In Lavoro, on a screenplay by Suso Cecchi d'Amico and Visconti himself, taken from Maupassant's short story Au bord du lit, we see a minimalist, introspective and wordy psychodrama, set — on the principle that opposites intensify each other — in the vast rooms of a luxurious, noble interior in an icy Milan. The arrogant Count Ottavio (Tomás Milian) is mixed up in a scandal surrounding a string of escorts. His wife Pupe (Romy Schneider), tearfully forces him to pay him for the sexual favours she will bestow. The Waltz that Rota gives her character takes on importance as the action develops. It is a gentle, lulling piece, with the most delicate, almost fairy-tale orchestration, that vanishes into nothing, offering a melancholy, sensual portrait of an outraged woman, alone and depressed, essentially resigned, despite the appearances of her new demands.

The Allegro Danzante in D minor for clarinet and piano dates from the last years of Rota's life. He composed it in 1977, while spending the summer in the spa town of Fiuggi, and here we hear it in a version for piano and alto saxophone authorised by the composer himself. The piece is in three sections, and is a perfect illustration of Rota's inventiveness, his infallible sense of how to use chromatics and harmony laden with atmosphere. While the keyboard plays a easy, gently percussive accompaniment, the saxophone floats a mysterious, dreamy melody.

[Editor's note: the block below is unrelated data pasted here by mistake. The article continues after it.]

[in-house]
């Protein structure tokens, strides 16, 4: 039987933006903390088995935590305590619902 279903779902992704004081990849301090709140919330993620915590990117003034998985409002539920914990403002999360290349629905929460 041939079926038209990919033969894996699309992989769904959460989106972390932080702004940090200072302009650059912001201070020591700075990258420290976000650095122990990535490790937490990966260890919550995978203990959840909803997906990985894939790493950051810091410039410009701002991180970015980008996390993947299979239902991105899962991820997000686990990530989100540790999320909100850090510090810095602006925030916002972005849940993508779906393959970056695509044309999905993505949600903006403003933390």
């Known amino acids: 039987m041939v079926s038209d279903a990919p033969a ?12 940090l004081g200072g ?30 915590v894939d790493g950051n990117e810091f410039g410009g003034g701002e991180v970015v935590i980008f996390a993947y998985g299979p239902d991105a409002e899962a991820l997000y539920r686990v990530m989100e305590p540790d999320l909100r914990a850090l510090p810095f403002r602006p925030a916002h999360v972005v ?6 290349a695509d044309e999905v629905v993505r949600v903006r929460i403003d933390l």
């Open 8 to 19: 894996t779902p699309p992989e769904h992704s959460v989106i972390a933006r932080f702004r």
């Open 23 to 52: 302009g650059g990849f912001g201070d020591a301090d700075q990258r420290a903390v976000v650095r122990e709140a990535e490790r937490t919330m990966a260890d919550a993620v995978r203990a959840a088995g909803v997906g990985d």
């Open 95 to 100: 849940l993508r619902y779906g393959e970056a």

Rota died in Rome on 10 April 1979, while leaving the clinic where he had had to undergo tests. For some time, he had suffered from a cardiac complaint which he chose not to have treated surgically. One day he declared, "When they tell me that in my music I'm thinking only of bringing a little nostalgia and a lot of good humour and optimism, I think that that is exactly how I would like to be remembered, with a little nostalgia, and lots of optimism and good humour".

Massimo Rolando Zegna
Translation: Kenneth Chalmers


Boccaccio '70
Le tentazioni del Dottor Antonio
Testo di Mario Cantini

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Date Dec 2017